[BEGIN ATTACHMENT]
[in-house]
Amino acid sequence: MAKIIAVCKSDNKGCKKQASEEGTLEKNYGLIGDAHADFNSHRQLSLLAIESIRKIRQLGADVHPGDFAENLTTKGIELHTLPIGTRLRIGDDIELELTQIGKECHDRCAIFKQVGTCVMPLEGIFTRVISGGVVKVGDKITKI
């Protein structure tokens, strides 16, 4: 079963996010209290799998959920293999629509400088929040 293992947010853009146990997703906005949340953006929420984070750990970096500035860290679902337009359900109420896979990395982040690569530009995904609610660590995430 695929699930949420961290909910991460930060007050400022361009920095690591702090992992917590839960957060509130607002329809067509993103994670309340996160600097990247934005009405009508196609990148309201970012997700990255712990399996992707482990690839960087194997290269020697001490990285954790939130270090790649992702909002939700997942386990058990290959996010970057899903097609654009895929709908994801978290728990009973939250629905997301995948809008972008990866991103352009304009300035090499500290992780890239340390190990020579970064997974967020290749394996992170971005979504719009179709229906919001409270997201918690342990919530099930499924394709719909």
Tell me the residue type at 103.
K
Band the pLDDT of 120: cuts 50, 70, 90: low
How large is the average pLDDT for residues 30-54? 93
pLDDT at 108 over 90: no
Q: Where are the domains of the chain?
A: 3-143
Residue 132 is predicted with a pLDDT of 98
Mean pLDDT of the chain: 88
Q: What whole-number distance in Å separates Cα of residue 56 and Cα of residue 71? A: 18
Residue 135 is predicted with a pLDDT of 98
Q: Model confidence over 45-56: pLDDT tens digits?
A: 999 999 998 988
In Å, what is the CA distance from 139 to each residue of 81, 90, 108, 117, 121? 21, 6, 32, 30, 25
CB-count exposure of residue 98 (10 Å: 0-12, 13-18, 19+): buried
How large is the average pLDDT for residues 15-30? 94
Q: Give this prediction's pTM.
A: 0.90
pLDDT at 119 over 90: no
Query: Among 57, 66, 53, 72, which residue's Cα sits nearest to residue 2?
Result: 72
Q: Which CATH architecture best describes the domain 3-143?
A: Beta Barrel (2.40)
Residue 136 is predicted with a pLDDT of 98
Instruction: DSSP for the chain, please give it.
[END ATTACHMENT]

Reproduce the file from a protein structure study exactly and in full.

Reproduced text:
[in-house]
Amino acid sequence: MAKIIAVCKSDNKGCKKQASEEGTLEKNYGLIGDAHADFNSHRQLSLLAIESIRKIRQLGADVHPGDFAENLTTKGIELHTLPIGTRLRIGDDIELELTQIGKECHDRCAIFKQVGTCVMPLEGIFTRVISGGVVKVGDKITKI
């Protein structure tokens, strides 16, 4: 079963996010209290799998959920293999629509400088929040 293992947010853009146990997703906005949340953006929420984070750990970096500035860290679902337009359900109420896979990395982040690569530009995904609610660590995430 695929699930949420961290909910991460930060007050400022361009920095690591702090992992917590839960957060509130607002329809067509993103994670309340996160600097990247934005009405009508196609990148309201970012997700990255712990399996992707482990690839960087194997290269020697001490990285954790939130270090790649992702909002939700997942386990058990290959996010970057899903097609654009895929709908994801978290728990009973939250629905997301995948809008972008990866991103352009304009300035090499500290992780890239340390190990020579970064997974967020290749394996992170971005979504719009179709229906919001409270997201918690342990919530099930499924394709719909």
Tell me the residue type at 103.
K
Band the pLDDT of 120: cuts 50, 70, 90: low
How large is the average pLDDT for residues 30-54? 93
pLDDT at 108 over 90: no
Q: Where are the domains of the chain?
A: 3-143
Residue 132 is predicted with a pLDDT of 98
Mean pLDDT of the chain: 88
Q: What whole-number distance in Å separates Cα of residue 56 and Cα of residue 71? A: 18
Residue 135 is predicted with a pLDDT of 98
Q: Model confidence over 45-56: pLDDT tens digits?
A: 999 999 998 988
In Å, what is the CA distance from 139 to each residue of 81, 90, 108, 117, 121? 21, 6, 32, 30, 25
CB-count exposure of residue 98 (10 Å: 0-12, 13-18, 19+): buried
How large is the average pLDDT for residues 15-30? 94
Q: Give this prediction's pTM.
A: 0.90
pLDDT at 119 over 90: no
Query: Among 57, 66, 53, 72, which residue's Cα sits nearest to residue 2?
Result: 72
Q: Which CATH architecture best describes the domain 3-143?
A: Beta Barrel (2.40)
Residue 136 is predicted with a pLDDT of 98
Instruction: DSSP for the chain, please give it.